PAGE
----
Let’s Talk

Please, if you can watch a 5 minute time-lapse video of a Kardashian contouring her face, you can watch this 30 second clip and help support mental health. Bell Canada will donate $0.05 per view to mental health initiatives. Let’s Talk, and help put an end to the stigma behind mental health.


This post was not sponsored by Bell Canada. All opinions are my own.

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On Being Sick for Three Weeks

Yeah. That’s pretty much it. I’ve gone from having a sore throat to nearly losing my voice, to having a horrific dry cough, and now? Now the back of my tongue/tonsils(?) are sore. WTF? I just want to be healthy. That is all.

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To Scale or Not To Scale

There’s a certain stigma attached to the weight scale. It tells you that you’re too fat or too thin. It makes you panic and the numbers adjust to what you may or may not weigh. Worst of all, it makes you feel uncomfortable in your own body.

I have lived scale-free for years. When I lived with my dad, he had a scale, but I tried my hardest not to use it. All I feel is paranoia when I step on the scale.

My weight seems to fluctuate around the same mark since I graduated from high school. I’m blessed with good genes and no one in my family is overweight, just big boned thanks to our Chinese heritage (My biceps are abnormally large compared to the rest of my body!). But that scale? I hate it. Kyle’s mom has one and whenever we visit and I always cave and weigh myself.

When I was in high school and played soccer, I weighed around 115lbs. About a year and a half ago I weighed about 127lbs. Sometime around (Canadian) Thanksgiving was the last time I weighed myself, and I think I was somewhere around 123lbs. Today, I have no idea.

Which brings me to the point of this post: Should I buy a scale of my own or should I just “wing” my weight? Part of me says to keep winging it. Part of me says to keep on track and don’t get too crazy since I want to be able to fit my wedding dress properly when I get it altered next week. I also don’t want to exercise and watch what I eat only to have the scale not budge an inch, especially an inch in the wrong direction.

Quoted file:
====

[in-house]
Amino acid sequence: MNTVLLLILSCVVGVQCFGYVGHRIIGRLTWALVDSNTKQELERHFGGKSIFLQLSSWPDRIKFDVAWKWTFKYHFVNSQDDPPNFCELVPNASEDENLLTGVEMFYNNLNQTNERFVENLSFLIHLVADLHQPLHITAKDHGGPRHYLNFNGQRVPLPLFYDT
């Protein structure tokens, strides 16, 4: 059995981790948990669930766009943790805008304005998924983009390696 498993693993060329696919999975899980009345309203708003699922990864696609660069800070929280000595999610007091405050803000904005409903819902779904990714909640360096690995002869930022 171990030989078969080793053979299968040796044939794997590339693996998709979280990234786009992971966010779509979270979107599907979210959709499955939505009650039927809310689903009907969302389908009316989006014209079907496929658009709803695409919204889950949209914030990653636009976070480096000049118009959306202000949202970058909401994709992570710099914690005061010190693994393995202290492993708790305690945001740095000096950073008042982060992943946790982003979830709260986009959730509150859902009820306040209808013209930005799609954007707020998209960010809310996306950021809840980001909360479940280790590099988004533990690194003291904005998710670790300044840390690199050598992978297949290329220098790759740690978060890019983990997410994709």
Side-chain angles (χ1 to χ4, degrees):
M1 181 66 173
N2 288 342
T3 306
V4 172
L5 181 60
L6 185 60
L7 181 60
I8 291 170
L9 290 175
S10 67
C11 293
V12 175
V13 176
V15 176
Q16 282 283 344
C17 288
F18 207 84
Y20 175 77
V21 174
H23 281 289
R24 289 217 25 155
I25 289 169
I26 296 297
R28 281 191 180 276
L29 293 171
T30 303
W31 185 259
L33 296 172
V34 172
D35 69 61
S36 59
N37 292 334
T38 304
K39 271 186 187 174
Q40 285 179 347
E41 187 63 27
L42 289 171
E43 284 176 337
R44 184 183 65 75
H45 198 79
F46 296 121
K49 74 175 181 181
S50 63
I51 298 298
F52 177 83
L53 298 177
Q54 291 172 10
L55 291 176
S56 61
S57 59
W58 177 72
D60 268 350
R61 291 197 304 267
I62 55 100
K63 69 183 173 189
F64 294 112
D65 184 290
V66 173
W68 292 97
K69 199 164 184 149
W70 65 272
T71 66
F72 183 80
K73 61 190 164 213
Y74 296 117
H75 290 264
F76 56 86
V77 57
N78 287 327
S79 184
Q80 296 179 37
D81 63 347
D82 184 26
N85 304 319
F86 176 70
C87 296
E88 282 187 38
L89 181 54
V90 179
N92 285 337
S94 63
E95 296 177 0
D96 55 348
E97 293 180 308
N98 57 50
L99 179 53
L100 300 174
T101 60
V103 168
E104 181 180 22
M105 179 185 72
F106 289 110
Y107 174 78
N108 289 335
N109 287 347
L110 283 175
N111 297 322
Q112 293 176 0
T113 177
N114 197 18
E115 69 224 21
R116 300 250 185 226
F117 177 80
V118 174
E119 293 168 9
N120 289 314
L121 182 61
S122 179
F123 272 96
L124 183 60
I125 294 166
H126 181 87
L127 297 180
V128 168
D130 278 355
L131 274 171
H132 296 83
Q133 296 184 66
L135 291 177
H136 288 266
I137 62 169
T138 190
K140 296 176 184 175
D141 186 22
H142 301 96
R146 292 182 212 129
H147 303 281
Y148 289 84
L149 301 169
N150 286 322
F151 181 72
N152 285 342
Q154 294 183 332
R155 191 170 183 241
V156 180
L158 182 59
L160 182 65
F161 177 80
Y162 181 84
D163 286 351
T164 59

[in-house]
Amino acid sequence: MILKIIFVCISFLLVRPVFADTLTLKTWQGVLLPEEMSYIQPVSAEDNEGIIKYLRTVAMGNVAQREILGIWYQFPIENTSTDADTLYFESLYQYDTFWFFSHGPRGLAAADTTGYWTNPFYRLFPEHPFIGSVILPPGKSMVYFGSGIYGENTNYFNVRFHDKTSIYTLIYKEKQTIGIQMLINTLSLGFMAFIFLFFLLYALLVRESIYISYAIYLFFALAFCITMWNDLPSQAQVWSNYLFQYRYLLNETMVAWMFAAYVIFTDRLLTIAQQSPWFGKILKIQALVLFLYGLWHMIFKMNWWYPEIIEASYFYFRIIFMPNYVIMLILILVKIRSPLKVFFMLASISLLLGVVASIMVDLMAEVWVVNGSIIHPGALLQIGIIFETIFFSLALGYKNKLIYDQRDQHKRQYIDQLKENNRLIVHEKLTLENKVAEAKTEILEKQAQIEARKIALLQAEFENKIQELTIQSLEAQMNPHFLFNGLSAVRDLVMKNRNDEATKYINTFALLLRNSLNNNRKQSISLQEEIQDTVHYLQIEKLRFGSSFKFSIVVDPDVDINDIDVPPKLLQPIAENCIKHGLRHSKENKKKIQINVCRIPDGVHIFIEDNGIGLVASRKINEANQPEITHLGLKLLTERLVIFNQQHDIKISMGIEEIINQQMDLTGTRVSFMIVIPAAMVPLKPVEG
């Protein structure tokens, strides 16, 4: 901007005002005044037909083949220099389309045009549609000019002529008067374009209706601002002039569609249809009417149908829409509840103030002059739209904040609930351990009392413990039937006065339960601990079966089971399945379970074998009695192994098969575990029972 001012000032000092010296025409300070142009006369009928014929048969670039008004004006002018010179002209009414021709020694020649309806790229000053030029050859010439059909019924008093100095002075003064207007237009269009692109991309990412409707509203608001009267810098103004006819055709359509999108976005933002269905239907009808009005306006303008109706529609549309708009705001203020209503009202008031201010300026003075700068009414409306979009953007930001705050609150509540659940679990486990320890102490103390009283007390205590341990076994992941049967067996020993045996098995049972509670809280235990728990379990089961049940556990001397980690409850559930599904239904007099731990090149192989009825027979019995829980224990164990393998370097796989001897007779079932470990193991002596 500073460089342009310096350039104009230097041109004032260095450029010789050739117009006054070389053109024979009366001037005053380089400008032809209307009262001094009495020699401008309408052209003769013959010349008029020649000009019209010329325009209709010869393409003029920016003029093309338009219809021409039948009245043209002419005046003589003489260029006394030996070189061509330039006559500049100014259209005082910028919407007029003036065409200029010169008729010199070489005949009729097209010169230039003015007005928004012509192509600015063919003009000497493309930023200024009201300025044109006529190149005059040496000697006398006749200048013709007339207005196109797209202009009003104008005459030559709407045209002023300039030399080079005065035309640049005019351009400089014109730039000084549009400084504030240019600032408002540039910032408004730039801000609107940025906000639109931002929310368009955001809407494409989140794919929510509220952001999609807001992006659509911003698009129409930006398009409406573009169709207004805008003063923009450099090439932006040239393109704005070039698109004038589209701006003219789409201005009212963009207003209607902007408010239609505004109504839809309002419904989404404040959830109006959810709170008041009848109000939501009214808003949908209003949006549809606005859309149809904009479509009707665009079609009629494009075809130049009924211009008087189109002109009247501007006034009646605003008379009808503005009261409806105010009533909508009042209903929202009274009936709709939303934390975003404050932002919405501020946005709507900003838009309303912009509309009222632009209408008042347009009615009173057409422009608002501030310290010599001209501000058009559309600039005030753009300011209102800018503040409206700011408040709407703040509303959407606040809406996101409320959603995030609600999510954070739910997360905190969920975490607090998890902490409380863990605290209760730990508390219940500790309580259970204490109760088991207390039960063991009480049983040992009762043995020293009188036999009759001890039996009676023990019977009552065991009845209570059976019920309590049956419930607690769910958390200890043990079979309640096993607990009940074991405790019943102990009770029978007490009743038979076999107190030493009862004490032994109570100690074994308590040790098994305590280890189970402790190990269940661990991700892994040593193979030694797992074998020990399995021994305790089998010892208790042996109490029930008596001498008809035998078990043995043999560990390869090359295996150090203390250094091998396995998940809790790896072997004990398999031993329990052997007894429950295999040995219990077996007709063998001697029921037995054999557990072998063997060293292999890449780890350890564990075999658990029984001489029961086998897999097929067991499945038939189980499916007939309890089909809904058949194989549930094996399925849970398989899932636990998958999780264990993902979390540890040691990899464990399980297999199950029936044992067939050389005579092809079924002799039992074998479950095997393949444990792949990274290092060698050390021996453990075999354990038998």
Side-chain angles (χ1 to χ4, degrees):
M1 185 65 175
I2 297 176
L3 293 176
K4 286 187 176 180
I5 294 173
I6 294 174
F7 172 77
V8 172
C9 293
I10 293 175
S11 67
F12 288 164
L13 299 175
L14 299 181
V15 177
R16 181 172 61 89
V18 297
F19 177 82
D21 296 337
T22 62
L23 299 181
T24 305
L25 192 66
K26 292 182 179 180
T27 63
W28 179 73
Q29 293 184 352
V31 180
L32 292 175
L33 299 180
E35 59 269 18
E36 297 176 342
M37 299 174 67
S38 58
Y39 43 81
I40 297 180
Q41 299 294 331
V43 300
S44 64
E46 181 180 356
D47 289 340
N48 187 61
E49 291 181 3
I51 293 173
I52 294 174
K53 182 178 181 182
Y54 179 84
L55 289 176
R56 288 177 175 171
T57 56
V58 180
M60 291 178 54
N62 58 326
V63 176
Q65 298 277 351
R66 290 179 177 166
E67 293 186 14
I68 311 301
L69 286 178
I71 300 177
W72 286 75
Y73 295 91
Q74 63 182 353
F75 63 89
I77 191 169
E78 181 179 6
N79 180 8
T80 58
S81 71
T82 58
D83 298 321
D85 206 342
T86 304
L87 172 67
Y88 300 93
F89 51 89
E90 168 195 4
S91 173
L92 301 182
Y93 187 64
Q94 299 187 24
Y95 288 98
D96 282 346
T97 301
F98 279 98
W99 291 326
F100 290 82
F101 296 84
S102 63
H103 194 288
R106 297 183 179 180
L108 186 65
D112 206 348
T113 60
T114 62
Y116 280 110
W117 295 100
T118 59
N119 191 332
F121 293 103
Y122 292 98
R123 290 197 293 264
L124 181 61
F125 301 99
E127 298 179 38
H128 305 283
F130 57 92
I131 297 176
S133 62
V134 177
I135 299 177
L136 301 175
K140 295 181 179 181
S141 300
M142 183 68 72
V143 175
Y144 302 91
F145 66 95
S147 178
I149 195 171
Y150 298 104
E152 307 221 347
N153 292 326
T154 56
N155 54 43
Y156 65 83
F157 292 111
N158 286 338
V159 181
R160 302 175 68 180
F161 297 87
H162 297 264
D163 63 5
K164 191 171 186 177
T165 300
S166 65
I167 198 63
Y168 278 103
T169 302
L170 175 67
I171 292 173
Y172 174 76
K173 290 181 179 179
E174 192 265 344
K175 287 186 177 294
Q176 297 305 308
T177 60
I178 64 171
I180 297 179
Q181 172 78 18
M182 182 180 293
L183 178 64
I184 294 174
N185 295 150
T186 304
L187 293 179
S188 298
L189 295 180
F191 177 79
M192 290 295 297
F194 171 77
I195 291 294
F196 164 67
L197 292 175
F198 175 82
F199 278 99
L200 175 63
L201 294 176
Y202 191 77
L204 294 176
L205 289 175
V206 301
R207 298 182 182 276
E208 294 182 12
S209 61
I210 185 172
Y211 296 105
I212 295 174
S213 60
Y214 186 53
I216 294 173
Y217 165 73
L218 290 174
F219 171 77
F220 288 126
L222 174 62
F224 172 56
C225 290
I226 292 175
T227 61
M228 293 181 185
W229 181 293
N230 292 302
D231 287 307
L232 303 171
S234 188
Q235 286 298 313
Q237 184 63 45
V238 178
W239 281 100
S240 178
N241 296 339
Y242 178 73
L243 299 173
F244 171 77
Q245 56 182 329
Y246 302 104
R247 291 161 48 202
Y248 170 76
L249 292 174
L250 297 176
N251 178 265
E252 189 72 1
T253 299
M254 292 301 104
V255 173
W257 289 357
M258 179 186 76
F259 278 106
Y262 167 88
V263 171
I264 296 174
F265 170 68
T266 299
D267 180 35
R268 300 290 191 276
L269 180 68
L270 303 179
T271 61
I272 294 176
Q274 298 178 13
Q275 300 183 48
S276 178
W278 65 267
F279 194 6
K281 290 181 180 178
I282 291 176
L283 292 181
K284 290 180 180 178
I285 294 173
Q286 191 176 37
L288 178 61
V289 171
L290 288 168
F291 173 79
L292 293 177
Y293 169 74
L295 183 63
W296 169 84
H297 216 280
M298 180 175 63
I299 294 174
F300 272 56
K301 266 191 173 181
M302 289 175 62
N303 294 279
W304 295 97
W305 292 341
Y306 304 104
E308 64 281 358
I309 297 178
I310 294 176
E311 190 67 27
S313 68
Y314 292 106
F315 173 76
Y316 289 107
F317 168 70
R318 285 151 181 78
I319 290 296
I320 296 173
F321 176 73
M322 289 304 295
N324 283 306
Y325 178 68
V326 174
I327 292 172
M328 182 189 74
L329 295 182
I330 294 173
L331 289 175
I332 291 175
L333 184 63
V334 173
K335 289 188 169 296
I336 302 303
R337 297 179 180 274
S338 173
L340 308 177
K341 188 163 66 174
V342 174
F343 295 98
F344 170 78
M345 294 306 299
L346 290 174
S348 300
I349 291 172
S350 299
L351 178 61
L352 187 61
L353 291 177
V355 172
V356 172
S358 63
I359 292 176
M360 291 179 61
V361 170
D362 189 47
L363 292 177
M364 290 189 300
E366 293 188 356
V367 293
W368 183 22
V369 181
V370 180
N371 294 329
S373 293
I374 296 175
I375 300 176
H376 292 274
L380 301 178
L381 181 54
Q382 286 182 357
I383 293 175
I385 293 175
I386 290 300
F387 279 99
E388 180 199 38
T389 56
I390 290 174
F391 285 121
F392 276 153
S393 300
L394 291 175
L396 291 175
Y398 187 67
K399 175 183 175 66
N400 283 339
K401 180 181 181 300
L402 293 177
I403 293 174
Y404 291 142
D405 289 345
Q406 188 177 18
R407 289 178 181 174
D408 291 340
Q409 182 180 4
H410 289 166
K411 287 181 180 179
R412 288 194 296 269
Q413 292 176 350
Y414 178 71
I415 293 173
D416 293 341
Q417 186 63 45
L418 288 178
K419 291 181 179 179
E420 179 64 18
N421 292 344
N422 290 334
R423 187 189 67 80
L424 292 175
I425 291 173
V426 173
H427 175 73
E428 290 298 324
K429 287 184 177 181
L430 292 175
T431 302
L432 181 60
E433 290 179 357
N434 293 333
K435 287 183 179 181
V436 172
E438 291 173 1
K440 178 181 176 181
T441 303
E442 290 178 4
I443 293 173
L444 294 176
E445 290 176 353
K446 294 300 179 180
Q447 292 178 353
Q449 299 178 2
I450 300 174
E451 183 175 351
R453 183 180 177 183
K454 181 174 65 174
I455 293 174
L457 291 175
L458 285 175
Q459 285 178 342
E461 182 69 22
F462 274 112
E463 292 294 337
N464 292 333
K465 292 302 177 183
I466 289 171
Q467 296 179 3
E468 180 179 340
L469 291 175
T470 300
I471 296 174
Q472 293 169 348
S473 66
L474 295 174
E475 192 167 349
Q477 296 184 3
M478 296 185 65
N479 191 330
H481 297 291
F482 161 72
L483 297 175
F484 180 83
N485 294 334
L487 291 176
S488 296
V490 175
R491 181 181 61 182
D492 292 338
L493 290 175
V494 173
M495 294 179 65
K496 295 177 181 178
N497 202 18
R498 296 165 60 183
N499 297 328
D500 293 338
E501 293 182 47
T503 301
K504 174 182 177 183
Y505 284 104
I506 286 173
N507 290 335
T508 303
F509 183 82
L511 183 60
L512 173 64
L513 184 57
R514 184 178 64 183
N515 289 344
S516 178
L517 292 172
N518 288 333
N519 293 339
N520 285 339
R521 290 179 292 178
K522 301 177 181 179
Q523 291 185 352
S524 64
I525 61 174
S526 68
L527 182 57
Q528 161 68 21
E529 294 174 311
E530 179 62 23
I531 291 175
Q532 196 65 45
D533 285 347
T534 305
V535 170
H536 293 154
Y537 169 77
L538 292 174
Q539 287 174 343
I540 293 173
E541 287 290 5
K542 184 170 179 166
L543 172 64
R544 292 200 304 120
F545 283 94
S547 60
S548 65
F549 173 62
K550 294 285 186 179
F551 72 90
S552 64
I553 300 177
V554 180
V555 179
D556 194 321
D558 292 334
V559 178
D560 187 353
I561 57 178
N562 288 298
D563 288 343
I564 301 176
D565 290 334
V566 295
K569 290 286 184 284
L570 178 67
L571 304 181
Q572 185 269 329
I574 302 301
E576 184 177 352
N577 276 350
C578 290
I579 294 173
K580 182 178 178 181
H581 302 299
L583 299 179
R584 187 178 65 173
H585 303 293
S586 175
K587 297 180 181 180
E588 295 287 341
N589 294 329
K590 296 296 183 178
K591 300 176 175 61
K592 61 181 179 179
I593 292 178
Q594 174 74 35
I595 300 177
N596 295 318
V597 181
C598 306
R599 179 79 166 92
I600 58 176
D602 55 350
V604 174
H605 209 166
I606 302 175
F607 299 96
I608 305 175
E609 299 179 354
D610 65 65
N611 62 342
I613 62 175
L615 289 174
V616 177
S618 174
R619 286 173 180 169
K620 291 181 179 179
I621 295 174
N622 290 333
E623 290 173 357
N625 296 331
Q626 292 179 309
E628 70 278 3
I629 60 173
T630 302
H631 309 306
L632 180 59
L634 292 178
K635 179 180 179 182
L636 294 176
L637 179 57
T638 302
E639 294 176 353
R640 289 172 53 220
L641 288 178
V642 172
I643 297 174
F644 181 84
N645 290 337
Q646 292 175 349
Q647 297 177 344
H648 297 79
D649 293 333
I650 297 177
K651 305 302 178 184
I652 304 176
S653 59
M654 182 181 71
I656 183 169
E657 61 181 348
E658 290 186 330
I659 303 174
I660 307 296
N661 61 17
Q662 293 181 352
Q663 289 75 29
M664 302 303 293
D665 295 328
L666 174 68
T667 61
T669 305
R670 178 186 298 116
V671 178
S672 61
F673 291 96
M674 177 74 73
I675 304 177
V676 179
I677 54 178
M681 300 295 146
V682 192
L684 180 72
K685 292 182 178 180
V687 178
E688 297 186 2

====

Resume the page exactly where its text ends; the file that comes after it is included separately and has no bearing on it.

I think the scale only brings more pressure onto ourselves. I believe in the “If it feels good, do it” mantra: I’m going to do what I like and eat what I like, when I feel like it. I also believe that you should take everything in moderation, which is why you won’t catch me doing one-hour workouts at 6:00 a.m. in the morning, or crash dieting on celery, boiled chicken, and egg whites. You will, however, catch me accidentally eating a carb-loaded energy bar after a workout instead of loading up on protein. Live and learn friends, live and learn!

What are your thoughts on weight scales in the house? Are they a demon that glares at you everytime you look their way, or are they a blessing that cheers “Way to go! Only x more pounds to go!”

From now on, I think I’ll answer the question, “How much do you weigh?” with, “Enough to feel good about myself.”